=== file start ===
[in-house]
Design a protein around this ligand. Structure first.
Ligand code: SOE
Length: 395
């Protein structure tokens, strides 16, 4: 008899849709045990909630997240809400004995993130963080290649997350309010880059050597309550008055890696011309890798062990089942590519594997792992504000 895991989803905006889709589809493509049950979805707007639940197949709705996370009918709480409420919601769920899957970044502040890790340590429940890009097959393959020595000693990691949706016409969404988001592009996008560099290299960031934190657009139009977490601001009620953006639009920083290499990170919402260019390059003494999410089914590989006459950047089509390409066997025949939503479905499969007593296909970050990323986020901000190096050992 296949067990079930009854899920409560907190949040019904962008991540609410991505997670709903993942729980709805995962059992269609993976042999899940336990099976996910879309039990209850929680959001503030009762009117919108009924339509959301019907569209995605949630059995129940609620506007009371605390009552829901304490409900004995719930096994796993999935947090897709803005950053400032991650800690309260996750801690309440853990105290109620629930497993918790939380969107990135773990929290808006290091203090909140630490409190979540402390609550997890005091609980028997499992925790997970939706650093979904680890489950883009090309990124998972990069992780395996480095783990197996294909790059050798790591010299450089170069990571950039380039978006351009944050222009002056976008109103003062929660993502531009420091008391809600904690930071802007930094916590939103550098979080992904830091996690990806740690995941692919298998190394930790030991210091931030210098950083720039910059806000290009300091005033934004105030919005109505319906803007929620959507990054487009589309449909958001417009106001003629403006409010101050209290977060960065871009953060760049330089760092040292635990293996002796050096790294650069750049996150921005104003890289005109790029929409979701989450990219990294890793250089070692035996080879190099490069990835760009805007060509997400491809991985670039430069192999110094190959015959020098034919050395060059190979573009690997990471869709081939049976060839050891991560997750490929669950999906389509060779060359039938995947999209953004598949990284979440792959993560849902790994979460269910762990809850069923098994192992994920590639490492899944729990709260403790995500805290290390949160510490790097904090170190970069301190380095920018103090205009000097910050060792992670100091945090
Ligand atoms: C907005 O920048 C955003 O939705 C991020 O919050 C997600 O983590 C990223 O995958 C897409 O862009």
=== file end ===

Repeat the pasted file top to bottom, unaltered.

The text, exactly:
[in-house]
Design a protein around this ligand. Structure first.
Ligand code: SOE
Length: 395
């Protein structure tokens, strides 16, 4: 008899849709045990909630997240809400004995993130963080290649997350309010880059050597309550008055890696011309890798062990089942590519594997792992504000 895991989803905006889709589809493509049950979805707007639940197949709705996370009918709480409420919601769920899957970044502040890790340590429940890009097959393959020595000693990691949706016409969404988001592009996008560099290299960031934190657009139009977490601001009620953006639009920083290499990170919402260019390059003494999410089914590989006459950047089509390409066997025949939503479905499969007593296909970050990323986020901000190096050992 296949067990079930009854899920409560907190949040019904962008991540609410991505997670709903993942729980709805995962059992269609993976042999899940336990099976996910879309039990209850929680959001503030009762009117919108009924339509959301019907569209995605949630059995129940609620506007009371605390009552829901304490409900004995719930096994796993999935947090897709803005950053400032991650800690309260996750801690309440853990105290109620629930497993918790939380969107990135773990929290808006290091203090909140630490409190979540402390609550997890005091609980028997499992925790997970939706650093979904680890489950883009090309990124998972990069992780395996480095783990197996294909790059050798790591010299450089170069990571950039380039978006351009944050222009002056976008109103003062929660993502531009420091008391809600904690930071802007930094916590939103550098979080992904830091996690990806740690995941692919298998190394930790030991210091931030210098950083720039910059806000290009300091005033934004105030919005109505319906803007929620959507990054487009589309449909958001417009106001003629403006409010101050209290977060960065871009953060760049330089760092040292635990293996002796050096790294650069750049996150921005104003890289005109790029929409979701989450990219990294890793250089070692035996080879190099490069990835760009805007060509997400491809991985670039430069192999110094190959015959020098034919050395060059190979573009690997990471869709081939049976060839050891991560997750490929669950999906389509060779060359039938995947999209953004598949990284979440792959993560849902790994979460269910762990809850069923098994192992994920590639490492899944729990709260403790995500805290290390949160510490790097904090170190970069301190380095920018103090205009000097910050060792992670100091945090
Ligand atoms: C907005 O920048 C955003 O939705 C991020 O919050 C997600 O983590 C990223 O995958 C897409 O862009």